Of all of Boulez’s music, I perhaps still find Dérive 2 the hardest to grasp as a whole. I am in no doubt that the fault lies with me, having no truck with a dismissal I heard in conversation with a distinguished composer, who described it as ‘culinary’ – surely an insult worthy of the young Boulez himself. Barenboim has said he considers it perhaps Boulez’s finest work, and many others are especially drawn to it. My journey towards understanding certainly seemed to be sped up by this fine performance from Barenboim and his players, who exhibited still greater confidence than they had in their Proms account in 2012. Whatever the ‘authenticists’ might say, and no one has been fuller of scorn for them than Boulez, one is far likely to play Beethoven better, once one has the music under one’s skin; the same is true of Boulez. Barenboim’s exposition of the opening material was clear and pregnant with possibility, faithful in the best sense to the work, just like his Debussy or indeed his Beethoven. (How I wish he would conduct Pelléas!) The uncredited marimba player’s early contributions were a particular joy, drawing me in to the musical argument. Michael Wendeberg, whom I heard as piano soloist earlier in the week, was, for all his excellence, very much an ensemble player here, his exemplary contributions clearly drawing on his experience as a member of the Ensemble Intercontemporain. Counterpoint, though not so much sonority, led me to think of Schoenberg’s First Chamber Symphony, of which I have never heard a finer performance than under Boulez here in Berlin. Ebb and flow sometimes seemed to draw more upon the composer’s Debussyan inheritance – or was that perhaps the canny programming? It need not, arguably should not, be either/or. At other times, a more ‘mechanistic’ spirit was manifest, the contrast putting me in mind of Boulez’s early – and, in their orchestral form, ongoing – Notations. A wonderful bassoon solo (Mor Biron) seemed momentarily to evoke the opening of The Rite of Spring, but whilst ‘derivation’ in Boulez’s sense may be the name of the game, there is absolutely nothing ‘derivative’ in the pejorative sense to this work. There is nothing enigmatic to the audible ‘derivation’, and this performance helpfully underlined its achievement. If I still find the work a little daunting, I do so less than I did; and my immediate reaction was that to hear again, preferably immediately, such a performance would bring me closer still.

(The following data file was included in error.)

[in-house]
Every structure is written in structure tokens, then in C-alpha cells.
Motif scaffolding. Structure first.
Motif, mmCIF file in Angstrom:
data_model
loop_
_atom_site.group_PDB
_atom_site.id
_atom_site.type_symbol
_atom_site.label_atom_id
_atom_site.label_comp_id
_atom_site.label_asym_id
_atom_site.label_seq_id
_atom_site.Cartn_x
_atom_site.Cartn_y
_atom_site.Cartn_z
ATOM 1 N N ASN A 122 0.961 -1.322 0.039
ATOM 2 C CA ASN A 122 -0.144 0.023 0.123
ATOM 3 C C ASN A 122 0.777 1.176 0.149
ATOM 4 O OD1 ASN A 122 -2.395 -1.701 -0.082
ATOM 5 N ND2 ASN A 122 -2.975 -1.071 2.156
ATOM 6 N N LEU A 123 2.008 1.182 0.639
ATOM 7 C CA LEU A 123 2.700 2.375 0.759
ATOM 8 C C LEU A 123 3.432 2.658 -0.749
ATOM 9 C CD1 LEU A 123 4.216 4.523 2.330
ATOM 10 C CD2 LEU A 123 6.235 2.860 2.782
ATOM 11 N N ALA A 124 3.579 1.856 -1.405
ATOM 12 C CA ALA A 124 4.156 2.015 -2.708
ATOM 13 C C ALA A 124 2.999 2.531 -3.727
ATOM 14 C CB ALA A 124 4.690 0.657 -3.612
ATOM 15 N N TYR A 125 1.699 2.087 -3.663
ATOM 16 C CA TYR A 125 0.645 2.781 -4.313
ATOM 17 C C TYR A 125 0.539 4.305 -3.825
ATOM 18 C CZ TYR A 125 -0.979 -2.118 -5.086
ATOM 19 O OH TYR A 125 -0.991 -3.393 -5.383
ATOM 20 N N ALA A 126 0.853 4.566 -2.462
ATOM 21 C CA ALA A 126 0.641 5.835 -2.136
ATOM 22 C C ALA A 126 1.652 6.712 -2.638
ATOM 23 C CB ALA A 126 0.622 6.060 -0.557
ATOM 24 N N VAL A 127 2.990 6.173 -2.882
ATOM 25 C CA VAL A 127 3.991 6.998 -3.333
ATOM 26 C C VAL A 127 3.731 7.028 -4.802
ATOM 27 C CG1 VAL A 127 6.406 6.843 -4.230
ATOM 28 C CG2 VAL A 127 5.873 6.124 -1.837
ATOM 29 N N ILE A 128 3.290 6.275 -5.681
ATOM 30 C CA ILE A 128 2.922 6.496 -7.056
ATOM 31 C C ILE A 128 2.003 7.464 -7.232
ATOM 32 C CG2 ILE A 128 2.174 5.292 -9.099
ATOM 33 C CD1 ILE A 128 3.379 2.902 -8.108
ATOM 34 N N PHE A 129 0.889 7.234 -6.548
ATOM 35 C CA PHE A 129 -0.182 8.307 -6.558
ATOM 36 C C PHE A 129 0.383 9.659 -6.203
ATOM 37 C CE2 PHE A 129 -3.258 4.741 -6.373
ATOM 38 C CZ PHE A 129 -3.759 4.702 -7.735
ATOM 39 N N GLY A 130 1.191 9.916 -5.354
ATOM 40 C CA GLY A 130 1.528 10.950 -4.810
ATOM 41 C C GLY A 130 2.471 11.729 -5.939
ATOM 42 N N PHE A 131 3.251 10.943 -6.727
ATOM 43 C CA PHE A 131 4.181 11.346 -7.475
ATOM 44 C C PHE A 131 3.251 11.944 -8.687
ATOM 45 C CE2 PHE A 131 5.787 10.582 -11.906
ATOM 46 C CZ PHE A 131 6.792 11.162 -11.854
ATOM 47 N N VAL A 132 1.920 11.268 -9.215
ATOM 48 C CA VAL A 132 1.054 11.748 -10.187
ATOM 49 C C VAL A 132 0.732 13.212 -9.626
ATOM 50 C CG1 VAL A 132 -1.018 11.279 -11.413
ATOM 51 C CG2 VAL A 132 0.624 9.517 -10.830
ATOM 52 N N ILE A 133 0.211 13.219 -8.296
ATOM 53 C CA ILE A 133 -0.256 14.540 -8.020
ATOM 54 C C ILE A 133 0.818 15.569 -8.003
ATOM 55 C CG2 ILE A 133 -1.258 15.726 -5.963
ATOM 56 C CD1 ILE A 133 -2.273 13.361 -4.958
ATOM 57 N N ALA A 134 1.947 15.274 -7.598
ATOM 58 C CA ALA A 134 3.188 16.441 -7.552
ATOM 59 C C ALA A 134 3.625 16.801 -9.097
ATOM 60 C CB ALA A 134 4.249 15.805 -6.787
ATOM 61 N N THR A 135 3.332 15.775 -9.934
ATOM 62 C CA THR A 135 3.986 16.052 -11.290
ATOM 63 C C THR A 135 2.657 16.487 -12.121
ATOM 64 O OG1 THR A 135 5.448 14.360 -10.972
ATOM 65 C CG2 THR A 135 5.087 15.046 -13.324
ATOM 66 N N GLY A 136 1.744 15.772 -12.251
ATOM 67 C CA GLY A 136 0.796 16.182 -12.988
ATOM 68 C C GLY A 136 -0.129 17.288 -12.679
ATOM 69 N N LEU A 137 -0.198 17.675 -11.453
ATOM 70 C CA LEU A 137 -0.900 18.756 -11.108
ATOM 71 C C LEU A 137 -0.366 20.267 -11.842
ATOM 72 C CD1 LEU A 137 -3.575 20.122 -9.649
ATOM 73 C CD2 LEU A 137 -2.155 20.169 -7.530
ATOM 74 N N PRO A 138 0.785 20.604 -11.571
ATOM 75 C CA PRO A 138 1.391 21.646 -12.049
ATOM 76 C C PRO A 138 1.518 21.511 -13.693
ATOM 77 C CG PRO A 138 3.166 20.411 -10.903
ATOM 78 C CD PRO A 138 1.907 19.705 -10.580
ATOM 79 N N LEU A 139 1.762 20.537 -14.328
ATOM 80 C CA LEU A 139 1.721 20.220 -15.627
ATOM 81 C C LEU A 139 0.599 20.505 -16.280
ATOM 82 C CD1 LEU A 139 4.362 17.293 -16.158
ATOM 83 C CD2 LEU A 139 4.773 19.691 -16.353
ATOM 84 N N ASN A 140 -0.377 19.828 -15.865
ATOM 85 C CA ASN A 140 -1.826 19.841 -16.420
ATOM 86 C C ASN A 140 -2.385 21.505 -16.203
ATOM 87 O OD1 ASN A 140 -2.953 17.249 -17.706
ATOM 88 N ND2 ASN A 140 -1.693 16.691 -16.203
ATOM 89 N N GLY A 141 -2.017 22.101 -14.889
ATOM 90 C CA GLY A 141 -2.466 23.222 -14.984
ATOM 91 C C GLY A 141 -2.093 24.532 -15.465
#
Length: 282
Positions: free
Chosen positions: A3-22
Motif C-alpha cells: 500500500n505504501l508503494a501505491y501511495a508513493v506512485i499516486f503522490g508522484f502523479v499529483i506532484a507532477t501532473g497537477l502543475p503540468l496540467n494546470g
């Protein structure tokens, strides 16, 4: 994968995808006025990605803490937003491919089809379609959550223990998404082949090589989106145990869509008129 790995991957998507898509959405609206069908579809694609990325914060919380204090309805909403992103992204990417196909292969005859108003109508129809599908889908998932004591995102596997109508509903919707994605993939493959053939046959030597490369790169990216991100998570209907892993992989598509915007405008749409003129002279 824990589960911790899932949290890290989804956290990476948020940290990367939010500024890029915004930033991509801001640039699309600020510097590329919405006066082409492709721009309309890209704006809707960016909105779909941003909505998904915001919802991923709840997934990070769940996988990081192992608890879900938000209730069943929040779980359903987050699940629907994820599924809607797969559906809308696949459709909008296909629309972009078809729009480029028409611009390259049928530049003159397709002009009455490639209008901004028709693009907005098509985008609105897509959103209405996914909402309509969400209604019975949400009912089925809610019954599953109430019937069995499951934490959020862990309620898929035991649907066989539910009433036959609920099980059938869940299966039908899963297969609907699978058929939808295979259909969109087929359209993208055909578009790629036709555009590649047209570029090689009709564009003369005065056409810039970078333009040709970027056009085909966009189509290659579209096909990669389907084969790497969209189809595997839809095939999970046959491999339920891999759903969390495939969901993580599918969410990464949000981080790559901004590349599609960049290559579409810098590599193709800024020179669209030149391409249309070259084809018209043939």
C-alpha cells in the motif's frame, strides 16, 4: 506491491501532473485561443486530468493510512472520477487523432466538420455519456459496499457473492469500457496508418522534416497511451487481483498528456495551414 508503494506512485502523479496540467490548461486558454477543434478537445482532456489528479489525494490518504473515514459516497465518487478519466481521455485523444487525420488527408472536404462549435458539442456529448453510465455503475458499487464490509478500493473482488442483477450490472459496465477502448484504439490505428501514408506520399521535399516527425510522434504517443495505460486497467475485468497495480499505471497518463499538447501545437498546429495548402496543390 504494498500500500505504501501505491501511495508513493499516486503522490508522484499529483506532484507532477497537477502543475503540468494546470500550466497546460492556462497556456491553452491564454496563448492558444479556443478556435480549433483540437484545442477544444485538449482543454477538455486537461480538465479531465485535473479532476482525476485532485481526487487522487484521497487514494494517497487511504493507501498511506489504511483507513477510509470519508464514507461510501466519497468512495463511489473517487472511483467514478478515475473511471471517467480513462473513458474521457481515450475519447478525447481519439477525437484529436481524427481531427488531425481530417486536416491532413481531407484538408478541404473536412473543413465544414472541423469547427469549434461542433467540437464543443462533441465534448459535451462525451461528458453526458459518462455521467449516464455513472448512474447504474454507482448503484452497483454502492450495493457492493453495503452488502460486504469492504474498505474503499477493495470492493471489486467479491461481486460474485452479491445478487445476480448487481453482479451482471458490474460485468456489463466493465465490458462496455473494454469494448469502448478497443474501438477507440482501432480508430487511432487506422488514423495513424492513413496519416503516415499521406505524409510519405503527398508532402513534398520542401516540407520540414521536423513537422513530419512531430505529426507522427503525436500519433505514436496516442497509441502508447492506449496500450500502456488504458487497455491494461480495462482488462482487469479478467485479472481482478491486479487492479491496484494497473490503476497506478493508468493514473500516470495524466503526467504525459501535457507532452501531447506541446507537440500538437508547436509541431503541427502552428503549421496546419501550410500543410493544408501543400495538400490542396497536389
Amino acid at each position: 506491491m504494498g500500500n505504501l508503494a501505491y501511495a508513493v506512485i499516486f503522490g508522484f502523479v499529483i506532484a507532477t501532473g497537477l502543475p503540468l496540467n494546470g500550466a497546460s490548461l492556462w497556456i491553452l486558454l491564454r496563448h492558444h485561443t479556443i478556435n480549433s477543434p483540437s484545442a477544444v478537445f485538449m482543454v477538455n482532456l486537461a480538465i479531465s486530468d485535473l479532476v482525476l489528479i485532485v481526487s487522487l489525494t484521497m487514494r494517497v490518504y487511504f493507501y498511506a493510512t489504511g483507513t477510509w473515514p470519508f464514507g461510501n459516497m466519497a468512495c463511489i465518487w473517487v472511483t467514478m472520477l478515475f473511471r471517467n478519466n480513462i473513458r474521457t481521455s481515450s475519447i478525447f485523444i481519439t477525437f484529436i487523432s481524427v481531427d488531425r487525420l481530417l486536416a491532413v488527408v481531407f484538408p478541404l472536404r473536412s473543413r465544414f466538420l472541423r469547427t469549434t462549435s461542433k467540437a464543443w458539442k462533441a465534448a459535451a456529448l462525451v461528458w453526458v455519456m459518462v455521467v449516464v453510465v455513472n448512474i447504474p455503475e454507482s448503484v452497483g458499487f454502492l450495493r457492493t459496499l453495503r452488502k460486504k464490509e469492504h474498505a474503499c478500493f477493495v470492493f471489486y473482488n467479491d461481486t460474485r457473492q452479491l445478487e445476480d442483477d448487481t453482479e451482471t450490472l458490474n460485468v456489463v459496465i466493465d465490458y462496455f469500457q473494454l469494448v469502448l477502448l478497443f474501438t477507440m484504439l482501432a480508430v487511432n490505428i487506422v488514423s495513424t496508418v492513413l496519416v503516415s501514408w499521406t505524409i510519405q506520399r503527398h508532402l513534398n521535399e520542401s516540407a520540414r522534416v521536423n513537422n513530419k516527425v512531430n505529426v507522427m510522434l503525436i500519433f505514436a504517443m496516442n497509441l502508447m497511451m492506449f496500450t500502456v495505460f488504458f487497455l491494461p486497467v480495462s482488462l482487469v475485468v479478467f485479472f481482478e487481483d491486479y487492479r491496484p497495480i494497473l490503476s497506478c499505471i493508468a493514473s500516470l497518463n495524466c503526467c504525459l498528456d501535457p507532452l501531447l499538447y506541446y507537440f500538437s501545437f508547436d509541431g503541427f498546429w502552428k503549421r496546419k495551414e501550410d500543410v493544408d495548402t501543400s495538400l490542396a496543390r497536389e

Ravel’s Spanish works were the material of the second half, just as they had been for the WEDO’s Proms concert last year. The Rapsodie espagnole proceeded in quasi-symphonic style; certainly there was great purpose to the performance, though not in any sense at the expense of sonority and general atmosphere. The ‘Prélude á la nuit’ reprised and extended, made personal to Ravel, the sultriness we had heard in Debussy. It was – and not in an Ann Widdecombe/Michael Howard sense – very much ‘of the night’. The brilliance of the opening of the ‘Malagueña’ was owed in no small part to the excellence of the double basses. A darkened kaleidoscope revealed all manner of riches. Quiet insistence of rhythm marked the ‘Habanera’, preparing the way for a gorgeous celebration of sound in the closing ‘Feria’. Alborado del gracioso received a sparkling performance, colour and rhythm working their Ravelian alchemy. As at the Proms, Barenboim rarely conducted – at least with his baton. Pavane pour une infante défunte was arguably a little too languid at times, but that is to nitpick, for it remained a beautifully played performance. Boléro proceeded on its way for quite some time without Barenboim raising his baton. It was a showcase for the orchestra, but no mere showcase. Most important, the orchestra, if I am to go on the stolen glances between desks, clearly enjoyed itself. As did we; as, I think, did Barenboim. As, I think, would have Boulez. The now-inevitable Carmen excerpts offered brilliant, generous encores.